A workshop to be held at the University of London’s Senate House, Thursday 28th and Friday 29th November 2013
This AHRC-funded workshop, generously sponsored by the University of London’s Institute of Philosophy, is centred on the theme of ‘The Return of Aesthetics to Archaeology’.
During the workshop, we intend to think about the following questions:
– To what extent can our understanding of the aesthetic value of archaeological objects underpin our obligations to preserve such objects for future generations?
– Can the aesthetic value of an archaeological object be affected by any moral purpose the object in question may have had historically, and if so, can that feed back into what we owe that object now?
– Is the claim that examining an object’s aesthetic character might detract from the archaeologist’s scientific goals well-founded?
– Do museum curators commit a moral error with regard to the treatment of an archaeological object if they don’t respect what we know about the maker’s intentions?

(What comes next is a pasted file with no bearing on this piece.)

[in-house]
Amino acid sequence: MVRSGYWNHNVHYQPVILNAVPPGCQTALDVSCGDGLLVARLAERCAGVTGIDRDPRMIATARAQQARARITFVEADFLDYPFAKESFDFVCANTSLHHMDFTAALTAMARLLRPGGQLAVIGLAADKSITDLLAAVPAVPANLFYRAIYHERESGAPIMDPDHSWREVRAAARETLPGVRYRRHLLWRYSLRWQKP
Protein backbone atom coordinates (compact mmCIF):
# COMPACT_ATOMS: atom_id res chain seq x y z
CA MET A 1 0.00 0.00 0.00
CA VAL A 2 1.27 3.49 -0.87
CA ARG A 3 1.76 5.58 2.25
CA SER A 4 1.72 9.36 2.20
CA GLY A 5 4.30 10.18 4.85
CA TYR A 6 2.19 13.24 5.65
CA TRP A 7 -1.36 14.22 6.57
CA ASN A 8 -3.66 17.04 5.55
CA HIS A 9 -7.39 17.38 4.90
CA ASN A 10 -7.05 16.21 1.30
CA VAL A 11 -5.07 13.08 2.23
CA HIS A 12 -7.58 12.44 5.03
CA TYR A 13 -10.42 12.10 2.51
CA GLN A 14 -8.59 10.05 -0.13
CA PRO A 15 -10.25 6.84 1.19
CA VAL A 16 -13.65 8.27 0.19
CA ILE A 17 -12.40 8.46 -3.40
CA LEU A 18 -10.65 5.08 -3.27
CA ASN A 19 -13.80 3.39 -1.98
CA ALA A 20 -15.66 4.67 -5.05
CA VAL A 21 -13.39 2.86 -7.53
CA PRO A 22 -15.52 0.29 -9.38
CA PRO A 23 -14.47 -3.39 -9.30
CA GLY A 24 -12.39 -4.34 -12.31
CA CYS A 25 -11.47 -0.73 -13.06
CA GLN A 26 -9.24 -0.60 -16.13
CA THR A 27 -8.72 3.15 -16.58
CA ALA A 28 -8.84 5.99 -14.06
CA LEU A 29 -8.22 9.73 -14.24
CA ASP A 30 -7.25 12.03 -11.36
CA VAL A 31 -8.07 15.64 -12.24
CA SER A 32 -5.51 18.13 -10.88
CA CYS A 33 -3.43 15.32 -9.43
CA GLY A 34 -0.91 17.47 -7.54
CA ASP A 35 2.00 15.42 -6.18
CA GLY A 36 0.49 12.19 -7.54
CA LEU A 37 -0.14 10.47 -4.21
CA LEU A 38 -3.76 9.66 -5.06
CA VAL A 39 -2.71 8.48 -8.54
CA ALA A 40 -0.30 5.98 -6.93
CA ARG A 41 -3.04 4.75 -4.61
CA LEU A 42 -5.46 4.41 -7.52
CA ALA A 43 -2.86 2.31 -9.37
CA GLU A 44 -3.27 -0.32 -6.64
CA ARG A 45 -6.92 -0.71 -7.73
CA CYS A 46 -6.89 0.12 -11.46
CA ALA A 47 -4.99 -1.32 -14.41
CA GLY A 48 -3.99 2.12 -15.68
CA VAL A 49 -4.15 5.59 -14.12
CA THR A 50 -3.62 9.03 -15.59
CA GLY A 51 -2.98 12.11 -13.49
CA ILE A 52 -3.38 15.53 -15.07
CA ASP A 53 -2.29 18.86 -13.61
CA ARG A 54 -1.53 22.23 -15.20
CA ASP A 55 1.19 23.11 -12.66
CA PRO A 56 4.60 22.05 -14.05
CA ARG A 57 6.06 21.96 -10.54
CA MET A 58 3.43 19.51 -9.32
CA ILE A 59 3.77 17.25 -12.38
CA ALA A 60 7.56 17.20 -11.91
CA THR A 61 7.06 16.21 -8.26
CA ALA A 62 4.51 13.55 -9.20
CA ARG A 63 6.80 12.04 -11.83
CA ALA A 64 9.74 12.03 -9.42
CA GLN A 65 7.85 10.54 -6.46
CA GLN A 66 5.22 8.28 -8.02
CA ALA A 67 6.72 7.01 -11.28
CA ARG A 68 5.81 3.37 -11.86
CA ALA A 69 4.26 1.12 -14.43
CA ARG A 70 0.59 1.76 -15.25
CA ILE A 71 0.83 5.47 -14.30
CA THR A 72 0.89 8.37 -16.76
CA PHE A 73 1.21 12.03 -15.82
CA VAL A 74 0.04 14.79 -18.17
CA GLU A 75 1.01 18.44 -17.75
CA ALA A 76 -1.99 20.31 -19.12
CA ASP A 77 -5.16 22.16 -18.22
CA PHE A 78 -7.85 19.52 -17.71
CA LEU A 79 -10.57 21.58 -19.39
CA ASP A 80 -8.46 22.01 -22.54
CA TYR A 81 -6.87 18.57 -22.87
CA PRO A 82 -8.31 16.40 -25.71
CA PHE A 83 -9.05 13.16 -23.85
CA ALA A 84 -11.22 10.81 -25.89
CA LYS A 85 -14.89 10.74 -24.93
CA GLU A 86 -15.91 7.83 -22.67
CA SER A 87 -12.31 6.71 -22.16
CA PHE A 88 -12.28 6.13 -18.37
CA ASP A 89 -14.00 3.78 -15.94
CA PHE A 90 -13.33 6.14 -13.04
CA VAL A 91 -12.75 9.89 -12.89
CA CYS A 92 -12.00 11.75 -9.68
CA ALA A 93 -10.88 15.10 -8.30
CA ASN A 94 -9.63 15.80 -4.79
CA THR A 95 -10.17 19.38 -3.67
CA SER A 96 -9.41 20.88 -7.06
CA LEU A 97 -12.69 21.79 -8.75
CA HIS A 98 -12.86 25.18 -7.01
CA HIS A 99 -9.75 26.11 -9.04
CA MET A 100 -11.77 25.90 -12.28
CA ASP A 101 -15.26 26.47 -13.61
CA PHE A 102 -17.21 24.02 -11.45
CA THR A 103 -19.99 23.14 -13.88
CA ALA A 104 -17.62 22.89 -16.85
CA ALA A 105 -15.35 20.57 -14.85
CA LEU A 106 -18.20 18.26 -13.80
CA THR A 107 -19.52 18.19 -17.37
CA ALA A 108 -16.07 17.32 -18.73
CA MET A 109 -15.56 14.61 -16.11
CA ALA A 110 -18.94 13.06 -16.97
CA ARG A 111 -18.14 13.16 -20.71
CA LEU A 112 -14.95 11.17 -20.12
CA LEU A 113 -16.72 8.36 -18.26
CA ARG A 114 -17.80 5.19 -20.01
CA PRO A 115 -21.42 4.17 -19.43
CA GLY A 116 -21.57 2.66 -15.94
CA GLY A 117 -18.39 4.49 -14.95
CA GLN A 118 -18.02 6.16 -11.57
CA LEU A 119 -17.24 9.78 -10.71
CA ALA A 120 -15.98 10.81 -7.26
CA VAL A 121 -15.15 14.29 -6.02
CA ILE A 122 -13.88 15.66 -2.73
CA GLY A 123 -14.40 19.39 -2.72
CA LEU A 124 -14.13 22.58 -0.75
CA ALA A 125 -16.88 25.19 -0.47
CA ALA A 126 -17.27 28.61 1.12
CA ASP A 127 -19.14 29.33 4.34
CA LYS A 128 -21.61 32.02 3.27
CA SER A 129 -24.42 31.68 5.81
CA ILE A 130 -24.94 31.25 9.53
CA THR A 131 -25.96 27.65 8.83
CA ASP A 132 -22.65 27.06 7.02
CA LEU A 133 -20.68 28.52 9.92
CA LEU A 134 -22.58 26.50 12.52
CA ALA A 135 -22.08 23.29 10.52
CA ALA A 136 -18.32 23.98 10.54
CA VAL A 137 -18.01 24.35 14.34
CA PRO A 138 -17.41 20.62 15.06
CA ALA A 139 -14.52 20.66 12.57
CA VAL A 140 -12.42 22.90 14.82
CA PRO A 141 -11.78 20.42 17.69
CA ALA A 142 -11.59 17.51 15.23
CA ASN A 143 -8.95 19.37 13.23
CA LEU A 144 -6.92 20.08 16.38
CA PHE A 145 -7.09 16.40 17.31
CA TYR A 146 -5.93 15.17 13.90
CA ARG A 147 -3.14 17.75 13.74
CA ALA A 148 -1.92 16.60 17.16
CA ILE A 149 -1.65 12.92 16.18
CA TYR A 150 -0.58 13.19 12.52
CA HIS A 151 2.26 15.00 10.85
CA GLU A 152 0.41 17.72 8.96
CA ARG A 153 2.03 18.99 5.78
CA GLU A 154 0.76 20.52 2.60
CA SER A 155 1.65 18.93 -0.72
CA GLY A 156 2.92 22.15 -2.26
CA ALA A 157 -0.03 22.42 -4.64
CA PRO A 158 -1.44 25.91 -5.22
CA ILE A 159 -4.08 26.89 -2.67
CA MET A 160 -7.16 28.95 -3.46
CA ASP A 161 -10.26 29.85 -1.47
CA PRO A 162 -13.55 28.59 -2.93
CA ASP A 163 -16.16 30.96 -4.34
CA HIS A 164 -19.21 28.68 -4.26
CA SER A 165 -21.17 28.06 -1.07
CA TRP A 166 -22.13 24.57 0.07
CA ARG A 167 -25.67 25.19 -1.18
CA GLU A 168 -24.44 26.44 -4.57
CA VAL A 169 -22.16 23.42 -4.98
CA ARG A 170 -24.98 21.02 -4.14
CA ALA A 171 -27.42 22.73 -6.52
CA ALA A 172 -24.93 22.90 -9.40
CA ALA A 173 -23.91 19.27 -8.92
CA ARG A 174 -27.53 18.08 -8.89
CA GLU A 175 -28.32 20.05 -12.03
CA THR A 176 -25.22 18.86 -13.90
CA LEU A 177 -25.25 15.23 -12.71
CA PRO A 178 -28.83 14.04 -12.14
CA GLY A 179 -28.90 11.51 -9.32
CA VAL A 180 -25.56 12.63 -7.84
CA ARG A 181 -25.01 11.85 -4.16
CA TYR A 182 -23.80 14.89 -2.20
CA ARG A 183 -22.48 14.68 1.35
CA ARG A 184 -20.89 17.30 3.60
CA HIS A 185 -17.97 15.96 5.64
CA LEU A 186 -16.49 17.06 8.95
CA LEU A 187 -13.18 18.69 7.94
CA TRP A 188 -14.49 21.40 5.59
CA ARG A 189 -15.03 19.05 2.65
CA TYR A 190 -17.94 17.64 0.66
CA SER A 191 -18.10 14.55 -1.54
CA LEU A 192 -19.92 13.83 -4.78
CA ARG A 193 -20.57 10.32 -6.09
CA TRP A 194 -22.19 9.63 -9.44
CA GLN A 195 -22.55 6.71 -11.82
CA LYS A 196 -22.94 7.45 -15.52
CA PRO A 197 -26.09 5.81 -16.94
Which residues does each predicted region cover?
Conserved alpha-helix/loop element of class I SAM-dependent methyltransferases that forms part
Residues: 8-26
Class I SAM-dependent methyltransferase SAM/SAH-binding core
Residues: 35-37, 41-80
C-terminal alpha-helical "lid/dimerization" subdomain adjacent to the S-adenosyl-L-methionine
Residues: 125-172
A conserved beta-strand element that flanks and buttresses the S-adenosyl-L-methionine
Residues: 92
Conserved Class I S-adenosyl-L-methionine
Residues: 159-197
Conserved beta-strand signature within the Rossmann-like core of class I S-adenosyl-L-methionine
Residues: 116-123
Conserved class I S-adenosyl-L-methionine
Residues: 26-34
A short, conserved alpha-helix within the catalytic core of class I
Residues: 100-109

– Can aesthetic evaluation lead us to reinterpret the meanings and value of archaeological objects, and if so, should that affect the appropriate mode of care?
The workshop is organised within the framework of an AHRC-funded Research Network Group project focused on ‘The Ethics and Aesthetics of Archaeology’. This wider project brings together philosophers, archaeologists and museum and heritage practitioners in order to focus on the relation between ethics and aesthetics, and explore how this relation shapes the understanding and practice of archaeological stewardship.
Please visit this web-page for further details of the workshop, including the provisional programme: http://www.dur.ac.uk/archaeology/research/projects/?mode=project&id=609
The workshop is open to all, free of charge. It will be of particular interest to philosophers, archaeologists and museum/heritage practitioners.
The workshop will take place in the University of London’s Senate House located in Malet Street, London WC1E 7HU.
If you intend to attend, we would be grateful if you would let us know, by sending an email to Dr. Elisabeth Schellekens Dammann email@example.com or Dr. Robin Skeates Robin.Skeates@durham.ac.uk